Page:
'Total return is the amount of value an investor earns from a security over a specific period, typically one year, when all distributions are reinvested. Total return is expressed as a percentage of the amount invested. For example, a total return of 20% means the security increased by 20% of its original value due to a price increase, distribution of dividends (if a stock), coupons (if a bond) or capital gains (if a fund). Total return is a strong measure of an investment’s overall performance.'

Which means for our asset as example:- Compared with the benchmark SPY (67.3%) in the period of the last 5 years, the total return of -64.5% of Global X MSCI Greece ETF is lower, thus worse.
- Looking at total return in of 19.3% in the period of the last 3 years, we see it is relatively smaller, thus worse in comparison to SPY (46.1%).

'The compound annual growth rate isn't a true return rate, but rather a representational figure. It is essentially a number that describes the rate at which an investment would have grown if it had grown the same rate every year and the profits were reinvested at the end of each year. In reality, this sort of performance is unlikely. However, CAGR can be used to smooth returns so that they may be more easily understood when compared to alternative investments.'

Using this definition on our asset we see for example:- Compared with the benchmark SPY (10.9%) in the period of the last 5 years, the compounded annual growth rate (CAGR) of -18.7% of Global X MSCI Greece ETF is smaller, thus worse.
- During the last 3 years, the annual performance (CAGR) is 6.1%, which is lower, thus worse than the value of 13.5% from the benchmark.

'Volatility is a rate at which the price of a security increases or decreases for a given set of returns. Volatility is measured by calculating the standard deviation of the annualized returns over a given period of time. It shows the range to which the price of a security may increase or decrease. Volatility measures the risk of a security. It is used in option pricing formula to gauge the fluctuations in the returns of the underlying assets. Volatility indicates the pricing behavior of the security and helps estimate the fluctuations that may happen in a short period of time.'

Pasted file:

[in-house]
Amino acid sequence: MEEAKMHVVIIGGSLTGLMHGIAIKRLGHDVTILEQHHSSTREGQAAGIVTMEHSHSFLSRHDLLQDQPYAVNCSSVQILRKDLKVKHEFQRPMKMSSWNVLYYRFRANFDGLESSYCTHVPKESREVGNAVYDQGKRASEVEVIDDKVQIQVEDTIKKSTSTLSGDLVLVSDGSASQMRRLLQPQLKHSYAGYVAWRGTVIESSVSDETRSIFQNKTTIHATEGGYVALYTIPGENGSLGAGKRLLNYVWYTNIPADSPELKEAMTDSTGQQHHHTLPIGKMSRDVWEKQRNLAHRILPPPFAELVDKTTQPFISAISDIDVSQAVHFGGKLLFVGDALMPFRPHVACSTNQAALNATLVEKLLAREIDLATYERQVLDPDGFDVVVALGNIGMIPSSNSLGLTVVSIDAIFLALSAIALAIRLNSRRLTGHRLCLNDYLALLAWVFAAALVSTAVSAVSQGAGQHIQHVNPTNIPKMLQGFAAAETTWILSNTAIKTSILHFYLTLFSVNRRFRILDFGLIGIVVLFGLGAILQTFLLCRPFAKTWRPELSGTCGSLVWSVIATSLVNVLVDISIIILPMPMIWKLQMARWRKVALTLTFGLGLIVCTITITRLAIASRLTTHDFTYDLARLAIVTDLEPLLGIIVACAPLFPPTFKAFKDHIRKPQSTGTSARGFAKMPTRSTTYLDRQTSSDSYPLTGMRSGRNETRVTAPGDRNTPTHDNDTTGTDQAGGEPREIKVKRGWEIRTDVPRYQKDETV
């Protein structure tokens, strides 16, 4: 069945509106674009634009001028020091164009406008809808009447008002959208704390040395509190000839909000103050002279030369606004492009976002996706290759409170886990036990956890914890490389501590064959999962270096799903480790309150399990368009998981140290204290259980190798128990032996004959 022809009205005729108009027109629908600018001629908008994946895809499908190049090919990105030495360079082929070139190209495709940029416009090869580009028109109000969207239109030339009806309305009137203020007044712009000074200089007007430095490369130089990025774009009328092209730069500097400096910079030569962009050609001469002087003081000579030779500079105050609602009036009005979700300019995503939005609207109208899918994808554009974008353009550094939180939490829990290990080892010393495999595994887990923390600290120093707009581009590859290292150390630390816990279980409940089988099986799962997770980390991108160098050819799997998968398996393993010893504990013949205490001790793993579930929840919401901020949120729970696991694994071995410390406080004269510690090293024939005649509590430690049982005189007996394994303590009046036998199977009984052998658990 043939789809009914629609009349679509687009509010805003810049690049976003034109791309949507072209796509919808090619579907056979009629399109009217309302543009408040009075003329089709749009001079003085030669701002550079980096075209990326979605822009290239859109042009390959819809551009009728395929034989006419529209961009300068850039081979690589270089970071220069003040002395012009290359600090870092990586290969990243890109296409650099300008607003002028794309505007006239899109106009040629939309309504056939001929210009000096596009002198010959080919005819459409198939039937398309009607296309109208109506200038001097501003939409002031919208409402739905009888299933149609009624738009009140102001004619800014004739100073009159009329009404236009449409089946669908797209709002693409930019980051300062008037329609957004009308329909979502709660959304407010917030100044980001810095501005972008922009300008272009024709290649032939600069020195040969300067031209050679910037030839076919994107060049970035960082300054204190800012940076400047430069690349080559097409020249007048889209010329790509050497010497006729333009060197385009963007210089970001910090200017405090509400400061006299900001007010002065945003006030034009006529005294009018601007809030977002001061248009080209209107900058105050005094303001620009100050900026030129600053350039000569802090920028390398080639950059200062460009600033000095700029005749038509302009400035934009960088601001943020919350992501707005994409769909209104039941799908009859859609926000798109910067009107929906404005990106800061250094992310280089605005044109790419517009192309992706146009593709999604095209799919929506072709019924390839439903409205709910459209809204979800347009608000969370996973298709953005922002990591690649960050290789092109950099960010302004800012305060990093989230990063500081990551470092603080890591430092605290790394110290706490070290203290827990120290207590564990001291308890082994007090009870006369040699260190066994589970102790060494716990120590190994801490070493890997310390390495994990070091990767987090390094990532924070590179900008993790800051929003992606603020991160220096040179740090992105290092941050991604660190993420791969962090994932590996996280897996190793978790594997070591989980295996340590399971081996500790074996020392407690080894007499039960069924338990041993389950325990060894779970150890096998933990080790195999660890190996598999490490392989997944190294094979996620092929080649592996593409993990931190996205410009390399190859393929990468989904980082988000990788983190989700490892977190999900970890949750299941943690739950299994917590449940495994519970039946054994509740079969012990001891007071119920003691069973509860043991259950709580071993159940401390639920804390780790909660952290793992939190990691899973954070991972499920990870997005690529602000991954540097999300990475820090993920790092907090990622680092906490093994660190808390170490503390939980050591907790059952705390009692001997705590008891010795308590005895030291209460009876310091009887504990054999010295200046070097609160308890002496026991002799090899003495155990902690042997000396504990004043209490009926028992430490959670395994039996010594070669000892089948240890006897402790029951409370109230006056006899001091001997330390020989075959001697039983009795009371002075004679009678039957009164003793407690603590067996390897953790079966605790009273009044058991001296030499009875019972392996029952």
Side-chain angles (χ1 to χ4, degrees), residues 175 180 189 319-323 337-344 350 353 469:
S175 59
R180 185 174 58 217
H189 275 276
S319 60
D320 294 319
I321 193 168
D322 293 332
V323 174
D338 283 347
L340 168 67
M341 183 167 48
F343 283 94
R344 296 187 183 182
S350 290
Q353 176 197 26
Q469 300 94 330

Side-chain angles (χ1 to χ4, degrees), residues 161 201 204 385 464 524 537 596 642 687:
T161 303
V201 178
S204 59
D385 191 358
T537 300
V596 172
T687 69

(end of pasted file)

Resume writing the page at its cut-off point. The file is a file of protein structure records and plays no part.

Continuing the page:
Applying this definition to our asset in some examples:- Compared with the benchmark SPY (13.2%) in the period of the last 5 years, the 30 days standard deviation of 39.8% of Global X MSCI Greece ETF is greater, thus worse.
- Compared with SPY (12.4%) in the period of the last 3 years, the historical 30 days volatility of 29.3% is higher, thus worse.

'Risk measures typically quantify the downside risk, whereas the standard deviation (an example of a deviation risk measure) measures both the upside and downside risk. Specifically, downside risk in our definition is the semi-deviation, that is the standard deviation of all negative returns.'

Using this definition on our asset we see for example:- Compared with the benchmark SPY (14.6%) in the period of the last 5 years, the downside deviation of 41.2% of Global X MSCI Greece ETF is larger, thus worse.